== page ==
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Lego, Superman and the US Army

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SXSW Technology conferences are not where you would normally expect to find the US Army scouting for new recruits, but sure enough, among the web developers and at SXSW Interactive, a lone officer stood handing out pamphlets from Uncle Sam's very own booth.

Doubtless the US Army will take anyone they can get, including pencil-armed techies, and it's pretty clear that SXSW isn't your everyday technology conference, so perhaps we shouldn't have as surprised as we were.

Your correspondents at the reporting coalface

It's the juxtapositions - guys dressed as Superman checking their email, IQ-heavy geeks playing with Lego - that make the Austin event the most bewildering mess it's been our pleasure to take part in. Among all such knowing Silicon Valley weirdness, a nomination for Kettering Borough Council from the UK in the Web Awards for "pushing the boundaries of CSS coding technology" raises a smile too.

The mix works well, and both sides were genuinely pleased to see each other. Sci-fi author Bruce Sterling commented in his show-closing "rant", a lame duck US administration makes for a stupid year, and online video is a stupid medium, so vive la SXSW 2007.

Some showgoers building the future of the web

Once the film and tech firms have melted away, only a few, like UK-based music site Last.fm are sticking around to cut deals with record companies. Austin is braced for the arrival of 12,000 hygiene-agnostic fans and more than 1,000 bands who will taking over the city's myriad venues from Thursday until Sunday.

It's a chaotic hipster oblivion which some locals have grown to resent despite the cash that pours into Austin's coffers. Take Reg reader and Austin resident Dillon, who writes: "I guess you know why I'm staying home next week. Some people love SXSW, and the city thinks it's great press. But for the great unwashed who didn't have the time to stand around waiting for wristbands (some of us actually work for a living), it's a royal pain."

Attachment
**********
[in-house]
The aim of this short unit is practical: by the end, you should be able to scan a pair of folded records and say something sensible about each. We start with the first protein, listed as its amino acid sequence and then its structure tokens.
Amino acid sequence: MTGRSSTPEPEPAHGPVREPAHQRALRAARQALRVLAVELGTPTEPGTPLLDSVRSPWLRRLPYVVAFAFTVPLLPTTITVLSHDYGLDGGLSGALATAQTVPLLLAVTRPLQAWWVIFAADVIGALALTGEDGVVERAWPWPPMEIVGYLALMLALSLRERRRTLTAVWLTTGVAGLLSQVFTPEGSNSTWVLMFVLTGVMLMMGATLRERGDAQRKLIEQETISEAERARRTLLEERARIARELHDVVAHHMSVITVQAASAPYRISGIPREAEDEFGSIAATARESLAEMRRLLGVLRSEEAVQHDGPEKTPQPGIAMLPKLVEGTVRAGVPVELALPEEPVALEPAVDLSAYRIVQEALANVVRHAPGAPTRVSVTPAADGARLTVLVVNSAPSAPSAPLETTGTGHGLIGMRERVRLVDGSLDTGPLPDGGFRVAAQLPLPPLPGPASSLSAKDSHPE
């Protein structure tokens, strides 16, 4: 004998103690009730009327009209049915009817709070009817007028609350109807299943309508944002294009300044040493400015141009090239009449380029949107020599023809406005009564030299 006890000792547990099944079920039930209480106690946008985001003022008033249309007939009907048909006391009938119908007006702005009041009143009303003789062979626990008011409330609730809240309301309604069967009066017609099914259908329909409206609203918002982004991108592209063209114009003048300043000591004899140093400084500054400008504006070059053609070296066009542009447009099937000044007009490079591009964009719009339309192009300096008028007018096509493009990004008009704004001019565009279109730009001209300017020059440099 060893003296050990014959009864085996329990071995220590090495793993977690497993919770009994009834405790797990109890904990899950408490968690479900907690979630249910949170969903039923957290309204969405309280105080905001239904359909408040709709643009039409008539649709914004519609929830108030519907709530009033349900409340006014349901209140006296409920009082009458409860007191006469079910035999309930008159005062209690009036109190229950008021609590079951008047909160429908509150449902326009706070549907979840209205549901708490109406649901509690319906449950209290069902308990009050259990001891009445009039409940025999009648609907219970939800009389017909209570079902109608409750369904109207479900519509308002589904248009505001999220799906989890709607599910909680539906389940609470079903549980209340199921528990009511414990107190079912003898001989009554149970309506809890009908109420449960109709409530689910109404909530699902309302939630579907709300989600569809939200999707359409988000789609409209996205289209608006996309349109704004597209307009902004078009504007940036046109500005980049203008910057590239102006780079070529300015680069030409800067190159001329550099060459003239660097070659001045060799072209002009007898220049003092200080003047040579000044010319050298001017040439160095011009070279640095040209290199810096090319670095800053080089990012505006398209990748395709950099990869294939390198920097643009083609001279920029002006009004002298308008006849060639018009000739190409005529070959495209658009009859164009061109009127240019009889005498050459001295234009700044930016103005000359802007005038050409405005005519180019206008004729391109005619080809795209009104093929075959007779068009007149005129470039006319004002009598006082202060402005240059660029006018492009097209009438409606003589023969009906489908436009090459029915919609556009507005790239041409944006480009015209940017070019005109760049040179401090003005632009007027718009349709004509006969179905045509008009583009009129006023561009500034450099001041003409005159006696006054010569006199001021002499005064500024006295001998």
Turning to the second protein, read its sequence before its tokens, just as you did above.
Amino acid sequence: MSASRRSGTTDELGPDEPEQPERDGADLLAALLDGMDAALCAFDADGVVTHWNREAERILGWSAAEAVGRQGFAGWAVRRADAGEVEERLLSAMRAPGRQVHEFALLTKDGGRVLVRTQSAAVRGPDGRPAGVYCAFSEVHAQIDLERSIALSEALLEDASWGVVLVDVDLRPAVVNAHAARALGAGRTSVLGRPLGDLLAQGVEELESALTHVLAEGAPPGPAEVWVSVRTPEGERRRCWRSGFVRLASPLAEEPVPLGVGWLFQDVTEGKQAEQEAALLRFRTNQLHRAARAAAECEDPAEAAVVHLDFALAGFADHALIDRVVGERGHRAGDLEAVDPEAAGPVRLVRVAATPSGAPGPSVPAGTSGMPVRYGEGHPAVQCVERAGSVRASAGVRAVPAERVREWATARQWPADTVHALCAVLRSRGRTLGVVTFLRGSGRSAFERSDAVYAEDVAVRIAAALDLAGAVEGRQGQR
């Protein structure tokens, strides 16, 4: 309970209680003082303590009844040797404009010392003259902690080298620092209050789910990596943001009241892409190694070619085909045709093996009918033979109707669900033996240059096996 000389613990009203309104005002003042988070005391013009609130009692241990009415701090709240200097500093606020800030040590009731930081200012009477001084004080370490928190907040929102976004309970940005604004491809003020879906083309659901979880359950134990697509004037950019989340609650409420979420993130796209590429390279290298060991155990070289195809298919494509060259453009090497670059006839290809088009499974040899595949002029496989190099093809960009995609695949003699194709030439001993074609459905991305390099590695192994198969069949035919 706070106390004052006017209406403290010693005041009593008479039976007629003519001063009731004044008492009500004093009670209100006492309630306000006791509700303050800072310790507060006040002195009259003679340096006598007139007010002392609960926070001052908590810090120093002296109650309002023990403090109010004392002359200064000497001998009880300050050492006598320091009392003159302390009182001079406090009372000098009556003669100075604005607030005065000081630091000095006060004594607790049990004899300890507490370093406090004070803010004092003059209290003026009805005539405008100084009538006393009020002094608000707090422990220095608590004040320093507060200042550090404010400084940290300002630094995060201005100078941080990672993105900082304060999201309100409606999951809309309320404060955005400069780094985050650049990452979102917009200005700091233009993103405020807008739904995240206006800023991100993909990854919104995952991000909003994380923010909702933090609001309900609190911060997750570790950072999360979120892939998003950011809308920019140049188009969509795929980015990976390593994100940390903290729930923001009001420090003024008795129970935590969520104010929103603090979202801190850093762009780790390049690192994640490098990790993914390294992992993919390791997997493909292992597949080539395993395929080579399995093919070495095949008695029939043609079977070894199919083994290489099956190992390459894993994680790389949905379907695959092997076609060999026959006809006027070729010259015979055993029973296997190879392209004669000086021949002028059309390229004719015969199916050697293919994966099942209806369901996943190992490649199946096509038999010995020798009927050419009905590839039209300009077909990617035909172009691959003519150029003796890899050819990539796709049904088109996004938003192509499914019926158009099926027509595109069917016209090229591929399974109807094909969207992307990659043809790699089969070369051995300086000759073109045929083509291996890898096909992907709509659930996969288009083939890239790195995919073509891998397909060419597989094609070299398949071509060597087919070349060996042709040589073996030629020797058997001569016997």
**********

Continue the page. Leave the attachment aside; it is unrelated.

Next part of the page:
Goodwill towards all the dollars raining down on Texas from Silicon Valley was not in short supply. Talk of Texan hospitality is a well-worn and often trite cliche, but anyone who's had to spend a day trudging around the 280,000 square metres of despair that is Hanover's CeBit, only to be presented with a tepid bratwurst lazily pushed into stale white bread, will appreciate the way they serve TexMex around these parts.

It helps for relations with the natives that, unlike the music festival, the tech conference is mostly confined to the Austin Convention Center, with keynotes from Dan Rather and Will Wright just across the street at the Hilton hotel. The Army booth was part of a teensy trade show which occupies a small but buzzing hall on the upper level.

The real action is in the panel debates scattered around the Center, where we saw a guy with pink hair talk about webcasting his masturbation sessions, strange creatures describing themselves as blogebrities whine about mainstream media, and found out just how much web TV producers are wetting their pants for the release of Apple TV.

The hard partying element of the conference is oversold: the vast majority weren't here for the parties, and if they were, they probably need to hit some better parties at home. And for all its gullible, navel-gazing, hype-swallowing ridiculousness, SXSW Interactive was a rare reminder that technology can still be fun. ®

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